To receive new posts automatically via e-mail, enter your address:

Delivered by FeedBurner

Franklin County, Alabama

Franklin County, Alabama

Judge Dempsey’s Home-Cookin’ Serves Local Employer Well

With his ham-fisted, home-job handling this past spring of a specious lawsuit brought by a local manufacturer against an out-of-state software company, Franklin County Circuit Court Judge Terry Dempsey appeared singlehandedly determined to qualify his rural Alabama jurisdiction as the next notorious Judicial Hellhole.

The plain language of an enterprise software licensing agreement signed in 2005 by plaintiff Sunshine Mills (a pet food maker and one of Franklin County’s larger employers) and defendant Ross Systems of Atlanta, Georgia, specified that any subsequent disputes arising from the agreement would be adjudicated by Georgia law. But Judge Dempsey ignored that agreement and allowed the case to go all the way to trial before requiring the plaintiff to spell out its vague allegation of fraud.

Judge Dempsey also repeatedly allowed plaintiffs’ counsel to make thinly veiled xenophobic references to the defendant’s parent company based in China in an apparent effort to appeal to the lesser angels of the jurors’ nature. And after Judge Dempsey allowed a never-before-recognized-in-Alabama-courts rationale for calculating Sunshine Mills supposed damages (based on projected profits not realized), those jurors ultimately came back with a whopping $61 million verdict – including $45 million in punitive damages – for the hometown favorite. It should be noted that Ross Systems’ was valued at just $58 million at the time of the verdict.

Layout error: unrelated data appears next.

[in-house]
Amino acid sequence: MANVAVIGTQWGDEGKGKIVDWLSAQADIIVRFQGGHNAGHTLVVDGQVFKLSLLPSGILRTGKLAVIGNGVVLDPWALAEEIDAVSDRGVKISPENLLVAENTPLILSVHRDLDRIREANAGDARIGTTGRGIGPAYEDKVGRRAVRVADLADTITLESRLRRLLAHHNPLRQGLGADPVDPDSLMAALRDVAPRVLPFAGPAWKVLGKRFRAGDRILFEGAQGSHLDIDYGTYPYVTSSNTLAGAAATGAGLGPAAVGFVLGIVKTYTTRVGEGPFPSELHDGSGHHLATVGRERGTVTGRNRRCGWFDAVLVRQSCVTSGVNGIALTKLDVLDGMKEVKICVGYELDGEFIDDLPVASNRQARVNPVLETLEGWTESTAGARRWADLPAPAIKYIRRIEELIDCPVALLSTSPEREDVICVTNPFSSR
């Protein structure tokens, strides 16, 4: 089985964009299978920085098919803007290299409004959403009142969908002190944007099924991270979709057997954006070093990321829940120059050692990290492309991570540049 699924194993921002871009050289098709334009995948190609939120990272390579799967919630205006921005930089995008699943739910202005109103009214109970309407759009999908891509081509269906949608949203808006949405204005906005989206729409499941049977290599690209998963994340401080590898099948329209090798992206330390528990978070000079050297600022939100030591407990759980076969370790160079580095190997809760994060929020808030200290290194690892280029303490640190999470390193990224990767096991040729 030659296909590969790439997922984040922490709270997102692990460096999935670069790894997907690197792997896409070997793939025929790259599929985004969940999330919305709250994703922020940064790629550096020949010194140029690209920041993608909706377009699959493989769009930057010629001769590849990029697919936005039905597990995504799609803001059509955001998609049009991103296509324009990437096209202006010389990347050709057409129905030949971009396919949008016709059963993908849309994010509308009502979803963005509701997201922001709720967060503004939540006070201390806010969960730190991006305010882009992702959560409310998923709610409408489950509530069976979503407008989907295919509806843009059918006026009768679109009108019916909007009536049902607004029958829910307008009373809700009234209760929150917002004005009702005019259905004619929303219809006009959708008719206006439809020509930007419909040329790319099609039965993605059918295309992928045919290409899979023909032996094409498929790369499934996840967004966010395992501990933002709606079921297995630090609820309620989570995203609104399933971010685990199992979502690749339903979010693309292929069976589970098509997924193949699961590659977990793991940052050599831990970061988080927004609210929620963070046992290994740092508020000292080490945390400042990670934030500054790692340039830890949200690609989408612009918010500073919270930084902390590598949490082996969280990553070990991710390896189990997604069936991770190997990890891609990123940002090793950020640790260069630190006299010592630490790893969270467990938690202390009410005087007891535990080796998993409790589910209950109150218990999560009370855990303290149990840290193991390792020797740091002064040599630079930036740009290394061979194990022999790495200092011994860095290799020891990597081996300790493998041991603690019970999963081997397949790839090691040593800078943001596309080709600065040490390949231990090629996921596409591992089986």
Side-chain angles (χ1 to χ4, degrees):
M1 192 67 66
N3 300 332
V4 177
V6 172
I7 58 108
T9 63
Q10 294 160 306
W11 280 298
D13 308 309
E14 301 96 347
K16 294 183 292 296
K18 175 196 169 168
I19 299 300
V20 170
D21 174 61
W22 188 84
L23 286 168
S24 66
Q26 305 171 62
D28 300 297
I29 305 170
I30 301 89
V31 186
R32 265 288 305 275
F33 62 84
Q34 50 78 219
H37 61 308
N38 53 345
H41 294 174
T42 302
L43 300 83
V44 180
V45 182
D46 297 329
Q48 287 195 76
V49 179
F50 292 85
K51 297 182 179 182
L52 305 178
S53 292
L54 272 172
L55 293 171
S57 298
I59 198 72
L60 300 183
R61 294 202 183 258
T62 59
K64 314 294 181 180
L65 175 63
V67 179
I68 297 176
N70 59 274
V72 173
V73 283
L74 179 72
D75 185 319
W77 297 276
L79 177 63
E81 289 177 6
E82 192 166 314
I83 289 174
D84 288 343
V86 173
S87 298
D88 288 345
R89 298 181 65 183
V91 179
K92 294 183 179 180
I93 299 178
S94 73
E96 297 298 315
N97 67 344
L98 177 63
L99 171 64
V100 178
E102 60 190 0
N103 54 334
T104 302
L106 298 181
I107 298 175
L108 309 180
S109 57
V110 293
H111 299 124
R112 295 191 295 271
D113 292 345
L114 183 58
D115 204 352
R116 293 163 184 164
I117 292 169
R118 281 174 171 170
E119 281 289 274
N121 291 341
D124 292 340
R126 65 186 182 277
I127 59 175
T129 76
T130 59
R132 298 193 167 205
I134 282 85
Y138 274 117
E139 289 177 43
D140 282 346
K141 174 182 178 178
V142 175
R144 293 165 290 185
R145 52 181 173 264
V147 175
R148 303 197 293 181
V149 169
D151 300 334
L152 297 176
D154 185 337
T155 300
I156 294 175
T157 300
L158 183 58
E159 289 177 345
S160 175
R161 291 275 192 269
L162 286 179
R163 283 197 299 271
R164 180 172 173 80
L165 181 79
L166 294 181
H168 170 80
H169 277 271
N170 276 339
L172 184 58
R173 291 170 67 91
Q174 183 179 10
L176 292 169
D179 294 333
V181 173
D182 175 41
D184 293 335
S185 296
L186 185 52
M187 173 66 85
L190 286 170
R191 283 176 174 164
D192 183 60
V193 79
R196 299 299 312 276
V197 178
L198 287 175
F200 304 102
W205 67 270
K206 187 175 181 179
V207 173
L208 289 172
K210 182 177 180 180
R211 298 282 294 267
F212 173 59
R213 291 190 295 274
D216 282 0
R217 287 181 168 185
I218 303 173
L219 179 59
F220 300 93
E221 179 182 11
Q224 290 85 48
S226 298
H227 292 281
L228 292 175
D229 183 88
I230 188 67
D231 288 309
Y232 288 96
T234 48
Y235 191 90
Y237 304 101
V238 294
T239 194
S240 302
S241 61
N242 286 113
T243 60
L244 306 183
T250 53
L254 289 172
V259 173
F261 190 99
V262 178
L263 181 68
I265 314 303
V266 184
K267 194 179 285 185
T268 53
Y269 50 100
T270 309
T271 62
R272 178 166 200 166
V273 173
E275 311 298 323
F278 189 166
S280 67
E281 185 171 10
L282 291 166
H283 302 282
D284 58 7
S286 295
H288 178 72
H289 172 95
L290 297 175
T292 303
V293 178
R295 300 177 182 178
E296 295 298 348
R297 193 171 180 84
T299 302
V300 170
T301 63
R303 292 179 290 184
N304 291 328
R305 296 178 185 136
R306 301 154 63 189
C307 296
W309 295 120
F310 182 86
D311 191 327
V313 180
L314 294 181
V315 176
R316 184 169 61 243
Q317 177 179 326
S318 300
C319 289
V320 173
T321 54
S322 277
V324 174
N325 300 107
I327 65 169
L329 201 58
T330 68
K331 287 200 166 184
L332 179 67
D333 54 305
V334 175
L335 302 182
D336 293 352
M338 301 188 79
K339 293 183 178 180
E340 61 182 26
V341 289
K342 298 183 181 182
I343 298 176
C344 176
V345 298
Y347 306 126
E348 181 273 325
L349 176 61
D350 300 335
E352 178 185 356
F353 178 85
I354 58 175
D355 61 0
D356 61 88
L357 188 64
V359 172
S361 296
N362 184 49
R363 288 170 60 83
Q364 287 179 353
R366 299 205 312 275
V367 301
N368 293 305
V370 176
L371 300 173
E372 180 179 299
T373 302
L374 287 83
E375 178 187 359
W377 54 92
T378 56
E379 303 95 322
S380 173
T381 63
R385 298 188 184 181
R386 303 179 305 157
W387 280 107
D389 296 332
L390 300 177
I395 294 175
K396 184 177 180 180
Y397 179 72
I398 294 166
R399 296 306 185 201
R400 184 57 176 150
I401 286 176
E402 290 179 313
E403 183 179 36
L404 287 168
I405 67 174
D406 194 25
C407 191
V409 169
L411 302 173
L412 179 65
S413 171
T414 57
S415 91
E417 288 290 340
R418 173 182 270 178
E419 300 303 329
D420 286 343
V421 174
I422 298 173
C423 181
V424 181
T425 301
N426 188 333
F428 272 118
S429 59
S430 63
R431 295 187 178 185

It should also be noted that, as reported by the Birmingham News, the software system in question only cost Sunshine Mills $235,000, and was used for years without complaint before the suit was filed just days before the statute-of-limitations was to run out. In fact, according to Ross Systems in a motion to reverse the jury’s verdict in Alabama, an appeal to the Alabama Supreme Court, and a countersuit in Georgia, Sunshine Mills continued to use the software without a license, purchased additional products from Ross, paid for ongoing customer support during the trial, and consistently gave Ross high marks for its service in feedback surveys.

It would take a mind reader to know if Judge Dempsey deliberately strung out the post-trial process in Franklin County so as to assist Sunshine Mills attorneys in putting the squeeze on Ross Systems. Though the Alabama legislature, to its credit (see Points of Light, p. 35), has since significantly lowered the state’s rate of post-judgment interest, it was an absurdly high 12 percent at the time, and that put about $20,000 per day’s worth of pressure on Ross as it pursued its appeals and otherwise negotiated with Sunshine Mills toward a settlement figure less than $61 million.

Such a bankruptcy-preventing settlement was eventually reached by the parties in September, obligating the defendant to pay the plaintiff about $9.5 million. In any case, despite the moderating efforts of the state legislature and supreme court, this textbook example of backwoods justice establishes Franklin County as a worrisome Watch List jurisdiction, the likes of which should concern all Alabama policymakers and citizens hoping to build a stronger state economy.